Mobile is making it harder to capture shopper’s attention in
lots of ways. The challenge is particularly acute at the checkout, where wait
time is more often spent looking at a small screen than the racks of store
merchandise, magazines, and candy these days.
Walmart’s big investment in ecommerce is paying dividends:
ecommerce sales are up and the enterprise-wide technology platforms will give
both shoppers and buyers access to real-time trend information on products.
Can we get more specific about
what Big Data is good for? Victor
Mayer-Schonberger and Kenneth Cukier’s new book is a big step in the right
direction, but the quote that Evgeny Morozov highlighted in his WSJ review made
me think about correlation and causation.
It’s time to break down
buying and selling tasks anew. Those digital breadcrumbs we call “big data” could help a lot - IF we can get clear about what it is and what it can do. Take BMC's Big Data Survey and we'll send you the results.
When we talk about mobile and retail,
we often move fast to features, tactics, and strategies, but unless we back up
to see the enormity of the change we’re dealing with, we might fail to get to
retail’s true digital destination.
specifics in the Playbook for Success, published by NACS/CCRRC, apply to convenience retailers, but the principles
apply to all: Deliver on the basics, defend your turf, and attract new
business. To find the right opportunities to use technology to drive sales and
improve performance, sometimes it helps to step back and look at the big
BMC Black Belt Brian Numainville talks feedback programs: how shoppers perceive them, where the big opportunity is for retailers, and the magic that can turn automated surveys into personal relationships with customers.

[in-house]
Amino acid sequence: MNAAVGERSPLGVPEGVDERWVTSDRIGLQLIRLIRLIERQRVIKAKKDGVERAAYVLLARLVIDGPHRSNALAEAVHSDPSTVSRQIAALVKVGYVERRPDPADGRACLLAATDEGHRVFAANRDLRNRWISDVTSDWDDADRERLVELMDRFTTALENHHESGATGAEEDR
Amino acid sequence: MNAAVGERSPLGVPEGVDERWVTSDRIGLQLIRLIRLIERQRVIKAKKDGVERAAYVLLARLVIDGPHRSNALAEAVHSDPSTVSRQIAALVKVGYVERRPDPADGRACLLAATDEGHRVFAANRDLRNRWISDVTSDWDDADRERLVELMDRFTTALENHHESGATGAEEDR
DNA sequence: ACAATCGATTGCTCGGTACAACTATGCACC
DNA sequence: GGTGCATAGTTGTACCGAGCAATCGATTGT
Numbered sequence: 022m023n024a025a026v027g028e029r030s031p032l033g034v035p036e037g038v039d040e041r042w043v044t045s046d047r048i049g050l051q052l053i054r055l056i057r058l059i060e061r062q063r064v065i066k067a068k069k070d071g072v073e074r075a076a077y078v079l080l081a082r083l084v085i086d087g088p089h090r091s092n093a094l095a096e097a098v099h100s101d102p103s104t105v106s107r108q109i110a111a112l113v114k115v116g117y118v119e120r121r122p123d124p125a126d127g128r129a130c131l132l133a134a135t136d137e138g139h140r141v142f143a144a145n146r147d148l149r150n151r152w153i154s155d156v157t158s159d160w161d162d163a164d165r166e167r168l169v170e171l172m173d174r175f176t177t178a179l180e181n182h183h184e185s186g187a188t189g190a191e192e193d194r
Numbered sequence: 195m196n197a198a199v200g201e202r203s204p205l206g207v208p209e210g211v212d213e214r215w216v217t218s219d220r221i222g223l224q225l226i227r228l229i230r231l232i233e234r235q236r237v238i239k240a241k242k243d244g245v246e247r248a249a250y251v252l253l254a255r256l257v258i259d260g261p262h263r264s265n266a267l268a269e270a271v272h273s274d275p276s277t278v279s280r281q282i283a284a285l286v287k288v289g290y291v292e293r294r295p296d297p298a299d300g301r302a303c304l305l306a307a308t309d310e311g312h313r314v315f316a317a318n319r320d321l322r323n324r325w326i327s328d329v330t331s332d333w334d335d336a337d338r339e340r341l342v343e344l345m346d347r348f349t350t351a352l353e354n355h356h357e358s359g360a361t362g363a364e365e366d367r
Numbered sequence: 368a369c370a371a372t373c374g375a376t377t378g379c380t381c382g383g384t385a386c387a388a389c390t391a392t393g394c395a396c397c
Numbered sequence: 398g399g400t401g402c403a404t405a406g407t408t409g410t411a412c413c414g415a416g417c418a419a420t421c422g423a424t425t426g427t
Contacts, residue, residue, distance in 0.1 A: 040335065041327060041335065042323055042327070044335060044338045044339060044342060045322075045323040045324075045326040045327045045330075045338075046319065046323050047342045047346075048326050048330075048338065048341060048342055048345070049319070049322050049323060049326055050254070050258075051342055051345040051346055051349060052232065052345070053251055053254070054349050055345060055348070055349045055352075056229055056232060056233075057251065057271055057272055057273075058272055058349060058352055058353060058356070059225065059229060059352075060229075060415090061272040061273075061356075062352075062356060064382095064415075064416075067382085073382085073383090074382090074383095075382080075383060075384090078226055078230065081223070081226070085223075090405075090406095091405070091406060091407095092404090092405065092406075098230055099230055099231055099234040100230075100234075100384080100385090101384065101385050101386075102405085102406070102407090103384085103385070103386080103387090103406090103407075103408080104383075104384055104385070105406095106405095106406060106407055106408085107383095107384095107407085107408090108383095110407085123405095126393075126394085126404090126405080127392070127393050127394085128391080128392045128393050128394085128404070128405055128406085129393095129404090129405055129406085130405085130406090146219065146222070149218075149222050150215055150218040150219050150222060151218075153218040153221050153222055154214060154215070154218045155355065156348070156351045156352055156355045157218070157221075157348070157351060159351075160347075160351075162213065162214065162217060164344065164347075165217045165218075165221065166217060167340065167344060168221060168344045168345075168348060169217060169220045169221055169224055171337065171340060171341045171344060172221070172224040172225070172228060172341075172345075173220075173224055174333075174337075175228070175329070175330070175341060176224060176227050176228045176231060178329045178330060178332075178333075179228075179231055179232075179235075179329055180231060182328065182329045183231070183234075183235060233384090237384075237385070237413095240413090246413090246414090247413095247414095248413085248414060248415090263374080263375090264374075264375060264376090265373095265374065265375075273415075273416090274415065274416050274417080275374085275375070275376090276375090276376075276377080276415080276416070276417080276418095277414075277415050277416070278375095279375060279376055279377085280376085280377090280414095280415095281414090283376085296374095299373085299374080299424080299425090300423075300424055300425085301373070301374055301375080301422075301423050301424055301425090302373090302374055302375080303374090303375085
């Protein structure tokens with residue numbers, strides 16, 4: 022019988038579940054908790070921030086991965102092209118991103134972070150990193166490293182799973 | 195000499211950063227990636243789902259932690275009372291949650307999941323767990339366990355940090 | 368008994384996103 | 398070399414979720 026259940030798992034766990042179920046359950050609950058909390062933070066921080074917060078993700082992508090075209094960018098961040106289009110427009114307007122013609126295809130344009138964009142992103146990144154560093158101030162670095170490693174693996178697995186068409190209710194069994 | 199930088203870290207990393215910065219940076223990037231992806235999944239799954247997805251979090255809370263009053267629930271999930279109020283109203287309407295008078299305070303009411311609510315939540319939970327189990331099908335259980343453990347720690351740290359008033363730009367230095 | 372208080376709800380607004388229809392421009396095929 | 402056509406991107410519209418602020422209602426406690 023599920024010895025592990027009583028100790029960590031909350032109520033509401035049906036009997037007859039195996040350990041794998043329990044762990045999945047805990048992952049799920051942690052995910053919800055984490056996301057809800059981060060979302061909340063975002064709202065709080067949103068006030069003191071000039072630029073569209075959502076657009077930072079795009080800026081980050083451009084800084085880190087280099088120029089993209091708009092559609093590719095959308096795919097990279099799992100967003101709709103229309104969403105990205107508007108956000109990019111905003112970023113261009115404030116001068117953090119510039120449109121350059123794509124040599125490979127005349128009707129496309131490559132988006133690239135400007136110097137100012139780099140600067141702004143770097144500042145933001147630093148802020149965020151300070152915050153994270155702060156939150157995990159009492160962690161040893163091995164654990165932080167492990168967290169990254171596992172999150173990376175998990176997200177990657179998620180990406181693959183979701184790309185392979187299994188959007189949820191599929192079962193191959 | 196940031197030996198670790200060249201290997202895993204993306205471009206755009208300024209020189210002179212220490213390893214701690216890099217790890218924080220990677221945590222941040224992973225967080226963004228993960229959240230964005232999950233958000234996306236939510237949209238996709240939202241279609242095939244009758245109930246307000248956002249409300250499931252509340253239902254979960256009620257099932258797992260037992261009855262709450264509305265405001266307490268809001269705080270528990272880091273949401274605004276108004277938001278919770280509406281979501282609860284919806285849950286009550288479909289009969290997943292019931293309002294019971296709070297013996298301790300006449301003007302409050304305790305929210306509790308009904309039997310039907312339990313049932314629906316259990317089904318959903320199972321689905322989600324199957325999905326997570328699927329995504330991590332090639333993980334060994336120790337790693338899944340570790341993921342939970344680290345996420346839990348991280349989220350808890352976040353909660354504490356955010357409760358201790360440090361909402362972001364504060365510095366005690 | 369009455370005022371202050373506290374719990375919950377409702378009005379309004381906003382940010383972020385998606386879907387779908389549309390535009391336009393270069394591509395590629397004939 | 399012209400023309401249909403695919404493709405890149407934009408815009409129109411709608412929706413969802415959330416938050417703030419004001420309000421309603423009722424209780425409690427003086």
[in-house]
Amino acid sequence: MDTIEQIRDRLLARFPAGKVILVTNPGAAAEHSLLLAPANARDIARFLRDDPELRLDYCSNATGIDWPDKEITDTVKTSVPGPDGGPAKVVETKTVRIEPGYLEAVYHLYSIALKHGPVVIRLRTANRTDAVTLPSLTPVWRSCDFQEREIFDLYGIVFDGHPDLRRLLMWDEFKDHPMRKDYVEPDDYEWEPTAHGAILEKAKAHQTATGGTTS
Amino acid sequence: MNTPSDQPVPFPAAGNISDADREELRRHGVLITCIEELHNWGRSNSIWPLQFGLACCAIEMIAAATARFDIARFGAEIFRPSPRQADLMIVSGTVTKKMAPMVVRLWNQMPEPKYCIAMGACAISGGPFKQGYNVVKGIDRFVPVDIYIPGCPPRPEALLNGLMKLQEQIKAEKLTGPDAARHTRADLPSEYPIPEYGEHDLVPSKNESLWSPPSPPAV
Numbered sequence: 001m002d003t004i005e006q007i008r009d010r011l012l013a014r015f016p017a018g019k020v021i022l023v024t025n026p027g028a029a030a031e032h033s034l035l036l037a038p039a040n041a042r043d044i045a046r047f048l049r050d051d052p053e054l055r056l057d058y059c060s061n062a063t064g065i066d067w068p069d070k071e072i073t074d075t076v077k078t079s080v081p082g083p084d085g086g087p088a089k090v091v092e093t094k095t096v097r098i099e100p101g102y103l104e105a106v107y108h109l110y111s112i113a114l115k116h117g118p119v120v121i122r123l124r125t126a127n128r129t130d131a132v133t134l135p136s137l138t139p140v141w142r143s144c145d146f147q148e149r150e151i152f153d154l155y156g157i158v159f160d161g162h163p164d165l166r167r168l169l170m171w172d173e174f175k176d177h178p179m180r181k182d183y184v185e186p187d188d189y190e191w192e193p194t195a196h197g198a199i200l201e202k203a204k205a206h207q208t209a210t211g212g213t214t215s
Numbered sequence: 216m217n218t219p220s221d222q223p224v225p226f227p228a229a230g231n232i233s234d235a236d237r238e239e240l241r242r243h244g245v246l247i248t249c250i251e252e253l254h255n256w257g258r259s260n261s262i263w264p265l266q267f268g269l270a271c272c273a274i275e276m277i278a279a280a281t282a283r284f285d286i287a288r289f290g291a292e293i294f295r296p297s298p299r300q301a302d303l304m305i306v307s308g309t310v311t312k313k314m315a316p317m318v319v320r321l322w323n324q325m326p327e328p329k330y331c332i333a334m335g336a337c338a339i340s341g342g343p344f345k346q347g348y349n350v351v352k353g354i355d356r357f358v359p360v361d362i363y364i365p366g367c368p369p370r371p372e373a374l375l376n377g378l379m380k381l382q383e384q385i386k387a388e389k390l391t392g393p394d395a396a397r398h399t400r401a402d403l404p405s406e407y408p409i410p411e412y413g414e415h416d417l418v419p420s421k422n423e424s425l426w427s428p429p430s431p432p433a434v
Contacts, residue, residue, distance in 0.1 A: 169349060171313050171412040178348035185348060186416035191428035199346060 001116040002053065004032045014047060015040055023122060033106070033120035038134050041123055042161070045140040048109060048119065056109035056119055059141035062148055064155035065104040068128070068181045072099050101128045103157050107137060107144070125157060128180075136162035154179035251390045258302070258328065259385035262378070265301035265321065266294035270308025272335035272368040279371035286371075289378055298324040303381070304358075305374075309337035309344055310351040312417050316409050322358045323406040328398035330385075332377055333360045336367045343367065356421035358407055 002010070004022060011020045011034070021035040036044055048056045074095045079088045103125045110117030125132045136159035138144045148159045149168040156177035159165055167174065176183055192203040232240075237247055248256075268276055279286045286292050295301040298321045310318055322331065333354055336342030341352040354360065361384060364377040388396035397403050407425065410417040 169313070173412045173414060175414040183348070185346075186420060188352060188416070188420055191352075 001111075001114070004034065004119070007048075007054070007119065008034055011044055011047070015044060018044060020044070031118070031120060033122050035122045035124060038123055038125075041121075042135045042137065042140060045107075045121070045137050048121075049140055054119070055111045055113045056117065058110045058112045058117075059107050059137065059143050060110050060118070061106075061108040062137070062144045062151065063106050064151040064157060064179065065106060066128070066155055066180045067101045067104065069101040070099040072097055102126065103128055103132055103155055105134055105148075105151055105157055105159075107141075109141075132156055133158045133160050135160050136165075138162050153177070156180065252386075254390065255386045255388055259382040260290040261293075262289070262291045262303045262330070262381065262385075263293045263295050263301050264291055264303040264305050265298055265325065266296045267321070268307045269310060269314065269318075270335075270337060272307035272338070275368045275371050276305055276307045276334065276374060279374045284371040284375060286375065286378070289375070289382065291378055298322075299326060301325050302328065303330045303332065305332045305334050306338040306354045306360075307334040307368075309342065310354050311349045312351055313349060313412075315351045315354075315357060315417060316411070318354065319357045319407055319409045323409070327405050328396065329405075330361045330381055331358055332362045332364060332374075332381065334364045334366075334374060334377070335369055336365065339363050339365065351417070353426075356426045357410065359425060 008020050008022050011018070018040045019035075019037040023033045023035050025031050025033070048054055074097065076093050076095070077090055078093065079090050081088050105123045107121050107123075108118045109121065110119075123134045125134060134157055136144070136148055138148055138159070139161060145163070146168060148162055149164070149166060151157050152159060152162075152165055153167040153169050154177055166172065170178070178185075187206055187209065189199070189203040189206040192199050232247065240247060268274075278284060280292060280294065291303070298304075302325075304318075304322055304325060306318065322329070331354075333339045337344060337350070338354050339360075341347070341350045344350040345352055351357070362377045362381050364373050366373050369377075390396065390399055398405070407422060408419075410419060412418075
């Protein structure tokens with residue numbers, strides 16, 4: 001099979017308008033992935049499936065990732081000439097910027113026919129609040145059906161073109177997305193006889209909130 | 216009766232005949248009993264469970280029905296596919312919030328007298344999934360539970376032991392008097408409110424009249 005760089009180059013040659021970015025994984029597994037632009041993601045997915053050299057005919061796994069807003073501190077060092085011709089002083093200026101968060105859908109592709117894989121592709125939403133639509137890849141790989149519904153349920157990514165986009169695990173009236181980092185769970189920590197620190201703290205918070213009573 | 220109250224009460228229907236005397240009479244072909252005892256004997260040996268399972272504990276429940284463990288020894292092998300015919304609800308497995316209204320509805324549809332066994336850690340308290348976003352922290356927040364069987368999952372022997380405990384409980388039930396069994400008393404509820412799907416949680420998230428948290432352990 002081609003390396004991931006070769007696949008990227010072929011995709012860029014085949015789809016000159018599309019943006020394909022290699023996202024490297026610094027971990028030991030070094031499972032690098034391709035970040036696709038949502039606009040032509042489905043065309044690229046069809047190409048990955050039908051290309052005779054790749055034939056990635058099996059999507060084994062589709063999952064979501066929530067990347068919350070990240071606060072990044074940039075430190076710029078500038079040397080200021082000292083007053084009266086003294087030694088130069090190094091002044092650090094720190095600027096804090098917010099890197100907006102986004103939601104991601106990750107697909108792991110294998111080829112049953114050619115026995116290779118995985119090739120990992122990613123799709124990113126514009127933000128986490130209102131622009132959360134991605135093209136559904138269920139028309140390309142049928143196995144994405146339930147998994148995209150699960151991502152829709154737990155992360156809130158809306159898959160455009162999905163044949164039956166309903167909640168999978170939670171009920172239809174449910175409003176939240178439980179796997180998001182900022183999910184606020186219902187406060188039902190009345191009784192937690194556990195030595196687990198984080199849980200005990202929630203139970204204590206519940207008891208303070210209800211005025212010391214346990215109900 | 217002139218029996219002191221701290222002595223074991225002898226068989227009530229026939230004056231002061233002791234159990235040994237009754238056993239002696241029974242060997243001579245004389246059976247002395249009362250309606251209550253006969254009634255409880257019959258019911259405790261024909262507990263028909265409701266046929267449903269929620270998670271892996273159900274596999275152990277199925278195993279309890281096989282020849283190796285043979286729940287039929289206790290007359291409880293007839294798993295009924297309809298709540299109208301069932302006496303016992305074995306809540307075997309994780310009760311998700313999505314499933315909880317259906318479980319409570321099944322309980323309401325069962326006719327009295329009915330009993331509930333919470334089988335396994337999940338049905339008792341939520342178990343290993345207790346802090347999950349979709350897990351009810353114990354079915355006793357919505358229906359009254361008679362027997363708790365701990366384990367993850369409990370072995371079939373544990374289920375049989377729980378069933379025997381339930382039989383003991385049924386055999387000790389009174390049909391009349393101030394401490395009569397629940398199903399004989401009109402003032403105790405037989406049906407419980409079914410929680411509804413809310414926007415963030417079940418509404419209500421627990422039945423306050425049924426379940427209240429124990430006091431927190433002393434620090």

Starbucks CEO Howard Schultz credits mobile technology and social media with bringing about a “seismic change in consumer behavior," and he warns that this change "demands that we be as relevant outside the four walls of our store as inside."
Our retail Guidance for 2013 paper focuses
on the most significant changes taking place among shoppers today. It
identifies six key shopper trends, examines insights they reveal, and offers
guidance for retailers on how to respond in the short and long term. “Responding to shoppers is the
most crucial component of successful retail strategies, and these six trends
point the way,” says Bill Bishop, Chief Architect of Brick Meets Click.
The paper addresses shopper changes
involving promotions, value capture, peer influence, stores, reliance on
digital feedback, and online ordering confidence. Among the issues discussed:
PROMOTION OVERLOAD is becoming an issue for shoppers. Short term,
they’re looking for help – but long term, ROI-per-promotion may not be the best
measure of success.
The way shoppers define
the ROLE OF THE STORE is
changing, now that they can perform so many shopping functions online, and in
ways that will ultimately reduce its importance.
Interest in SELF TRACKING is growing as "the internet of things" expands, and this will create many opportunities for retailers to offer new
services and strengthen their relationships with customers
Read the Guidance for 2013 paper online or to download a free copy of this paper, click "more" and complete the short form.